|Full name||Christopher John Wilder|
|Date of birth||23 September 1967|
|Place of birth||Stocksbridge, England|
|Height||5 ft 11 in (1.80 m)|
|1989||→ Walsall (loan)||4||(0)|
|1990||→ Charlton Athletic (loan)||1||(0)|
|1991||→ Charlton Athletic (loan)||2||(0)|
|1992||→ Leyton Orient (loan)||16||(1)|
|1998||→ Northampton Town (loan)||1||(0)|
|1999||→ Lincoln City (loan)||3||(0)|
|1999||Brighton & Hove Albion||11||(0)|
|*Club domestic league appearances and goals|
Christopher John Wilder (born 23 September 1967) is an English professional football manager and former player who played as a right-back. He is the manager of EFL Championship club Middlesbrough.
His extensive professional playing career saw spells at Sheffield United (twice), Rotherham United, Notts County, Bradford City, Brighton & Hove Albion and Halifax Town. He also had loan spells at five clubs.
After retiring, he became a manager and was in charge of Alfreton Town, Halifax Town (their last manager before liquidation), Oxford United and Northampton Town before his appointment at Sheffield United. He won promotion from the Conference Premier with Oxford via the play-offs in 2010, from League Two as champions with Northampton in 2016, from League One with Sheffield United as champions in 2017, and from the Championship with the same club two years later.
Christopher John Wilder was born on 23 September 1967 in Stocksbridge, West Riding of Yorkshire.
Wilder started his football career as a trainee at Southampton and was released without making it into the first team.
He moved on to Sheffield United in August 1986. In December 1987, defender Wilder was sent off for a crude tackle on Milwall's Jimmy Carter in a season which saw the Sheffield club relegated to the third division.The following season Wilder was on the receiving end, being elbowed in the face. Swansea's Bryan Wade received a three match ban for violent conduct as a result. Wilder was a regular in the team that finished second and therefore clinched promotion back to the second division at the first attempt in the 1988–89 season, and was also part of the squad that gained a further promotion the season after, this time back to the first division, after an absence of fourteen years. Wilder was a regular during the following season back in the first division, but thereafter found appearances harder to come by, hence Wilder left for nearby Rotherham United in 1992, staying for a further four years and amassing his largest number of games and goals for one club.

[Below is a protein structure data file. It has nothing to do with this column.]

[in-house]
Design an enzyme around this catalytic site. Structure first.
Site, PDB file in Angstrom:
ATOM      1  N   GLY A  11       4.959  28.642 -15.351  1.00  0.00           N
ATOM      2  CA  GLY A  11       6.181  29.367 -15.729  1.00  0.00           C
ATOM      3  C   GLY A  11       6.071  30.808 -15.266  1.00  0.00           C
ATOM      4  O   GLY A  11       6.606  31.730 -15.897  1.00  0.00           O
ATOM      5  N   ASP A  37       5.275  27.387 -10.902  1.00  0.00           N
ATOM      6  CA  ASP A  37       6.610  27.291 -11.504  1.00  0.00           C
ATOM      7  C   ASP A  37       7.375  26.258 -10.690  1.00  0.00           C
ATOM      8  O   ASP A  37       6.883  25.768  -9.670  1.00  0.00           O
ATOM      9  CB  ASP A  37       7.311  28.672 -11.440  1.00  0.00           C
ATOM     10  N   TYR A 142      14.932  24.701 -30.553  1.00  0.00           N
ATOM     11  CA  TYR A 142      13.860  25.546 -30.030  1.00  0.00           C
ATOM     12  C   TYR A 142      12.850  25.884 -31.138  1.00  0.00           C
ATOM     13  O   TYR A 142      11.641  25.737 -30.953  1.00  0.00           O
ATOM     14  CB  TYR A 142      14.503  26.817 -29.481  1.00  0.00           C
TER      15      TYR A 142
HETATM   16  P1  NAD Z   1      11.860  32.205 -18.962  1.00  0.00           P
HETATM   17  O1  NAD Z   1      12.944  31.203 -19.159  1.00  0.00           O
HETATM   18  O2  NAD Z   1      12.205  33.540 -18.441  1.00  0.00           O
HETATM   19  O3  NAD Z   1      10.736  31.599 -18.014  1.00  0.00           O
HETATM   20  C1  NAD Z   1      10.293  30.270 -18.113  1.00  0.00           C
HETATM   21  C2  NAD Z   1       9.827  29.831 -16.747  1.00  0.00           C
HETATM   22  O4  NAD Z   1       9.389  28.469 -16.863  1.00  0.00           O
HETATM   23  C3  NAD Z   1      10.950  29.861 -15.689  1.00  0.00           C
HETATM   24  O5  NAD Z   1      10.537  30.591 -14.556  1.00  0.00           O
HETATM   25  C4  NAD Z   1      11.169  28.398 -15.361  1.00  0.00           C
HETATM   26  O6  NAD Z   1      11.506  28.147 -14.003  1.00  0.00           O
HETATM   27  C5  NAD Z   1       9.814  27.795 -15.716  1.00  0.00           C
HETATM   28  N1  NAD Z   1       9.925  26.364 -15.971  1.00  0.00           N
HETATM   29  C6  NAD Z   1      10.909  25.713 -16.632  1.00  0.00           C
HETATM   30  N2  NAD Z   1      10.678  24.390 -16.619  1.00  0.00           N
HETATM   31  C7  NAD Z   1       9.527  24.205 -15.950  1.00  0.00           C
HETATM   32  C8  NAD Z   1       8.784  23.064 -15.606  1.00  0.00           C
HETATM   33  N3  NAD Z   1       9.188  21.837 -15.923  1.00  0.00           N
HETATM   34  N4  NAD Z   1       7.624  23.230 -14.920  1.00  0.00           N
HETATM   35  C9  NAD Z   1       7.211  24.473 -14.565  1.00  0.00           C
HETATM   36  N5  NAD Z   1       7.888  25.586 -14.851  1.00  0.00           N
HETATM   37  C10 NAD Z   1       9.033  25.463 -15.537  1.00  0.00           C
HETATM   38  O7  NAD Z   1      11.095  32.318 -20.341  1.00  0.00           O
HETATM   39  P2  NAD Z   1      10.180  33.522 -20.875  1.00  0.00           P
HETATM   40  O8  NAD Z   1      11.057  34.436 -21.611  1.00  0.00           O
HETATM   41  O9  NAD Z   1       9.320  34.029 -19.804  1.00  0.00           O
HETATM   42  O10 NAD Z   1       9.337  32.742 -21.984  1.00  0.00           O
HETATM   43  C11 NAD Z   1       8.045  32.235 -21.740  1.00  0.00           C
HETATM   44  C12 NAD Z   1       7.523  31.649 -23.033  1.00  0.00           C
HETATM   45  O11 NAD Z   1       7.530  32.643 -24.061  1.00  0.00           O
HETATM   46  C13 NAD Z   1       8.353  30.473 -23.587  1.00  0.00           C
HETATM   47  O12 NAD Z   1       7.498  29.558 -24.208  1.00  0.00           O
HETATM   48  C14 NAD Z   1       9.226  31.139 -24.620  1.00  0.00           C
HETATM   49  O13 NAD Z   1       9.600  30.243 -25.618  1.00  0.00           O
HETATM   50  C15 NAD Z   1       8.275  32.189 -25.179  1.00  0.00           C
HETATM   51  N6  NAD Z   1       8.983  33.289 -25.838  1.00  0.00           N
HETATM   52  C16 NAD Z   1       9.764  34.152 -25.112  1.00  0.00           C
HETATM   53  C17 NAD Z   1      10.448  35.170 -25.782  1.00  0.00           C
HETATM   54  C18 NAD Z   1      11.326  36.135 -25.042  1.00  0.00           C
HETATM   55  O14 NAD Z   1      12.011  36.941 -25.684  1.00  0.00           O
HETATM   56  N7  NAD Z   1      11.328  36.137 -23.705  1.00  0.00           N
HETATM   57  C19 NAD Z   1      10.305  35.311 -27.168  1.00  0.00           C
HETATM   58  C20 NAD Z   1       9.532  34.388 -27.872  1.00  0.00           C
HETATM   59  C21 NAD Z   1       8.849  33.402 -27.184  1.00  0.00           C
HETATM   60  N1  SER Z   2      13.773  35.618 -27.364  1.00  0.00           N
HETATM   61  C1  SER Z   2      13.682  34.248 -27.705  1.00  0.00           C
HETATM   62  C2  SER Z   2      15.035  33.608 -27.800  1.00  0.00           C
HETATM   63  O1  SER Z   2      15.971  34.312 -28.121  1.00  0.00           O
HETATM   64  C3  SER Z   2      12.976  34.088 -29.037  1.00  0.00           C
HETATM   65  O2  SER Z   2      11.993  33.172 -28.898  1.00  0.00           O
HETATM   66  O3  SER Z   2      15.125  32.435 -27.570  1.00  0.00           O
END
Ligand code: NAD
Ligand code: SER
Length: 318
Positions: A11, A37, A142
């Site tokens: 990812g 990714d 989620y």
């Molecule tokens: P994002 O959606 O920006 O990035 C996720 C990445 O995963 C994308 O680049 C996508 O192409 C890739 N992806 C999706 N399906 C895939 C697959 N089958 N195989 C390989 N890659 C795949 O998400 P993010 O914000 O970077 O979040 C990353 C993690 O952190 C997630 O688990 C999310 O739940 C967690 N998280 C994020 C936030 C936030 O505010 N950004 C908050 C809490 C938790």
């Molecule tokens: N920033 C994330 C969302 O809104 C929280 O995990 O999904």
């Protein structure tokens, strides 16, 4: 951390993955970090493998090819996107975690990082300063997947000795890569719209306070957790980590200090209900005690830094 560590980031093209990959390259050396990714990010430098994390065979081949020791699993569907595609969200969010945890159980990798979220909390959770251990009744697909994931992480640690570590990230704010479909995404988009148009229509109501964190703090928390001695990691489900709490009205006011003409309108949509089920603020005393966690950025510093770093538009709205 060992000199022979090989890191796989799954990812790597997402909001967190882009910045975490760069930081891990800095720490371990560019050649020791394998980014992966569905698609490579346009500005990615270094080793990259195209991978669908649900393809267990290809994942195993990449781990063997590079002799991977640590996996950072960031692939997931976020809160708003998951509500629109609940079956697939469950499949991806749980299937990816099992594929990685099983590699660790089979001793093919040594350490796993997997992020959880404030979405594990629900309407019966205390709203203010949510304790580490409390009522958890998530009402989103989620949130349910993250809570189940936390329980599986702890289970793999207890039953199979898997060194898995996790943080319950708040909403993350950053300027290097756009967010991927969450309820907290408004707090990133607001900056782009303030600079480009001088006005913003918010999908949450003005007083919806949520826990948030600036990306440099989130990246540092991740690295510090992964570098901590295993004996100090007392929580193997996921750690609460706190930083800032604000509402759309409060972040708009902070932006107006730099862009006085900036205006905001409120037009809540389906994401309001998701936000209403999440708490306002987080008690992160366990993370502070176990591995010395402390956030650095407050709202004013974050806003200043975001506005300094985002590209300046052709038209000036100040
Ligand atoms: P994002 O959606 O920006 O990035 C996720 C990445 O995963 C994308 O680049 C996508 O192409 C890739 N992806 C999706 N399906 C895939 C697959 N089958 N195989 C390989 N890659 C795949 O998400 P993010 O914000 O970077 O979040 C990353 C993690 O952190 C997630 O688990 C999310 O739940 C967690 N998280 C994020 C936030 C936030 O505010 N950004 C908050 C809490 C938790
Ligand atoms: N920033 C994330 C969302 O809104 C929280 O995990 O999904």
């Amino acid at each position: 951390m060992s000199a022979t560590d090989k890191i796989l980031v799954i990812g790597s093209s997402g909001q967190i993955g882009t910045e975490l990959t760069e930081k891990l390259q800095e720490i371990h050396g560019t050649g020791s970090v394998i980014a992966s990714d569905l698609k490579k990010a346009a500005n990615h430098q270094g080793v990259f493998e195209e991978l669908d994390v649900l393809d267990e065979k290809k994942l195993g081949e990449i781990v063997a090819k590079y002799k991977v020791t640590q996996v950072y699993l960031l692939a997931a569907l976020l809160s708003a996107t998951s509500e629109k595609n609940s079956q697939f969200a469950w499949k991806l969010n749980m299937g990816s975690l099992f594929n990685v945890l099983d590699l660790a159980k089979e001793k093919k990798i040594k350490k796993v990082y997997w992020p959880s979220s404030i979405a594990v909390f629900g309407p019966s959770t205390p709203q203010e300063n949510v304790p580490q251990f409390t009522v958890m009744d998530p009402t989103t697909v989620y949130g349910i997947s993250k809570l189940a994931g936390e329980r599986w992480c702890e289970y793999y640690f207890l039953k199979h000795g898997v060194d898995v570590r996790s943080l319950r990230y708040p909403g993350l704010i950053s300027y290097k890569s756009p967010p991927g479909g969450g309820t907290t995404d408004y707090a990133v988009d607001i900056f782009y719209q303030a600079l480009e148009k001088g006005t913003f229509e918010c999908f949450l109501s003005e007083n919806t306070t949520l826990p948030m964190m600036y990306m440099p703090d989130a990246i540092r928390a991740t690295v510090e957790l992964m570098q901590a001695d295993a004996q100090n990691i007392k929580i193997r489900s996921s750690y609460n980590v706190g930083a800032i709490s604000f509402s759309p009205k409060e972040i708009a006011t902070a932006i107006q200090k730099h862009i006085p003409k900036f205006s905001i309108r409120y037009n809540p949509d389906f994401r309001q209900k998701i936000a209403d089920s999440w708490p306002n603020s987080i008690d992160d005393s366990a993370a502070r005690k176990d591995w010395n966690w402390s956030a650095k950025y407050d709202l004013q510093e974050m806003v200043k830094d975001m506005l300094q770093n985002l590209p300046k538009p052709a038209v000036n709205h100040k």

In 1998 Wilder returned to Sheffield United, and a year later he was brought to Brighton by Micky Adams before joining Halifax Town that same year.
Wilder began his career in management at Alfreton Town. He took over at the club in late October 2001 and in the 27 weeks he was in charge won four trophies: the Northern Counties (East) League Premier Division, the League Cup, the President's Cup and the Derbyshire Senior Cup.
Wilder returned to Halifax Town as manager on 2 July 2002.He replaced caretaker manager Neil Redfearn, who had in turn replaced Alan Little (who left on 8 April after falling ill with appendicitis in March). Halifax had been relegated to the Conference at the end of the season.
Wilder was in charge at Halifax for more than 300 games until the club went into liquidation on 30 June 2008, and he decided to join former Halifax defender Alan Knill, as the assistant manager of Bury.
After fewer than six months at Gigg Lane, Wilder was appointed as the manager of Conference National club Oxford United on 21 December 2008(replacing Jim Smith who had been caretaker manager in the wake of Darren Patterson's sacking), where he only just missed out on a play-off place in his first season. Wilder's first full season in charge of Oxford began successfully and by mid-season they were top of the Conference table by five points with a game in hand. However, Oxford were overtaken by Stevenage, who would go on to win the title and take the automatic promotion place, consigning the Us to the playoffs with Luton Town, Rushden & Diamonds and York City. They defeated Rushden & Diamonds to reach the play-off final, and gained promotion to the Football League by beating York City 3–1.